Thursday, May 28, 2009

Andrea Lam (semifinal recital)

I met her briefly this afternoon in the press room. She knew about our name being the same. Apparently she has an uncle who uses the name Lin. She seemed pretty nice.

She started with the same Haydn sonata that Vacatello played earlier and gave a performance every bit as good. For the first time, I felt like I got the musical jokes that Haydn typically embedded in his compositions. (I mean his piano stuff; I get the jokes in his symphonies.)

Then she played Brahms' Klavierstucke Op. 118. (The title simply means "piano pieces.") I must confess I have a soft spot for these compositions that Brahms wrote late in his life. Lam brought out all the warmth in these pieces, taking No. 2 (a personal favorite of mine) a little slower than I'd like, but playing No. 3 with truculence and bite. I forgot about the competition when she played these. The beauty of her playing made time seem to stop.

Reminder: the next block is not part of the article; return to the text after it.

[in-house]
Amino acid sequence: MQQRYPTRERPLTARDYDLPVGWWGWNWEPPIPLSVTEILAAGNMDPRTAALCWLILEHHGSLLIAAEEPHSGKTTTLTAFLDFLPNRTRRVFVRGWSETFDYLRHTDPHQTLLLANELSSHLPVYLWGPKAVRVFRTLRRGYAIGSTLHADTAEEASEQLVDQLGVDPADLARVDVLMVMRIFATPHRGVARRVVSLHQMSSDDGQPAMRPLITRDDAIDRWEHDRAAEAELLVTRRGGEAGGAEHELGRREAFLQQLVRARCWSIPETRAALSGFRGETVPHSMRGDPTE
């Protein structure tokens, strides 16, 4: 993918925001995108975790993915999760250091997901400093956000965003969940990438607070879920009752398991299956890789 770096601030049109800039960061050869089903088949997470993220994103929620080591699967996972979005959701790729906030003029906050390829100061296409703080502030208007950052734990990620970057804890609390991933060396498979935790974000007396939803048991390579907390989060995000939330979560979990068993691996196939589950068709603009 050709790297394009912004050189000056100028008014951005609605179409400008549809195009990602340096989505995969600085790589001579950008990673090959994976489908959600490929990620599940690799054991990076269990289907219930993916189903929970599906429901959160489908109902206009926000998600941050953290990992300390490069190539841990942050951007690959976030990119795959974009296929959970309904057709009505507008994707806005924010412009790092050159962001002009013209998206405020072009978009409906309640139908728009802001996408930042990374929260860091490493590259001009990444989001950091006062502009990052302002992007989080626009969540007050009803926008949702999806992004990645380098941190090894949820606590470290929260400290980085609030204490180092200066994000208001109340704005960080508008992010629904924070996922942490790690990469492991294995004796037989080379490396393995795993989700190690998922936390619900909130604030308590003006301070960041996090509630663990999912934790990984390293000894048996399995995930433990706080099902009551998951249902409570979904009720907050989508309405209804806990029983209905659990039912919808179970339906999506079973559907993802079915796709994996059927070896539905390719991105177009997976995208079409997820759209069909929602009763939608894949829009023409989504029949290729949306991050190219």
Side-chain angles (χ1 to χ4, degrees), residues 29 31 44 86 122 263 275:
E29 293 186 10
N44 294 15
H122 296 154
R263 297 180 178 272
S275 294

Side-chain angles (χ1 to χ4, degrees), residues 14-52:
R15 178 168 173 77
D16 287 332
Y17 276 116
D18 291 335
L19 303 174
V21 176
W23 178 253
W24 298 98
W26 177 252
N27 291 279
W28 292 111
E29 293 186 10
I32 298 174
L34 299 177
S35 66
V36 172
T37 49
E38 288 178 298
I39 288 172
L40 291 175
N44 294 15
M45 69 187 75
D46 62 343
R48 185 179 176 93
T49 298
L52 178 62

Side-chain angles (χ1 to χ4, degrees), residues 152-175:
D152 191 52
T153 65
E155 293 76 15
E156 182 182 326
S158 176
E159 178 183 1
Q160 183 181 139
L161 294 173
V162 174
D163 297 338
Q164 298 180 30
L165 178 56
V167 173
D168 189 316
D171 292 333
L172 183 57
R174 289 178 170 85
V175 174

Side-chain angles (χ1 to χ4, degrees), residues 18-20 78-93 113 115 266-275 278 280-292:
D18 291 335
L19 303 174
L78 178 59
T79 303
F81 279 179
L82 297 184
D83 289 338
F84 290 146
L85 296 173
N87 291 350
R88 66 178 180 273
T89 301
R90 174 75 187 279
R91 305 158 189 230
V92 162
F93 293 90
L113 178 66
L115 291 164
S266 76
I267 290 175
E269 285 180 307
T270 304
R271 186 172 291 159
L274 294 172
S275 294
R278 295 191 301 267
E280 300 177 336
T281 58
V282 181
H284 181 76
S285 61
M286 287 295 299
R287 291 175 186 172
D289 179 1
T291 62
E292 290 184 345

Then she played Stravinsky's Four Etudes Op. 7, effective showpieces from off the beaten path that started out like a cousin to Rachmaninov but ended as music that was recognizably by the same guy who wrote Petrouchka. Then she played White Lies for Lomax, and not unforeseeably did better with the American idiom than Bozhanov did. It still sounds like Gershwin more than it does like Muddy Waters, but it was fun to listen to all the same.

She ended with Ginastera's Suite de Danzas Criollas ("Suite of Creole Dances") and played them with tremendous rhythmic verve and beauty. Just a tremendous performance overall, and proof that her first-round performance was no fluke.

No comments:

Post a Comment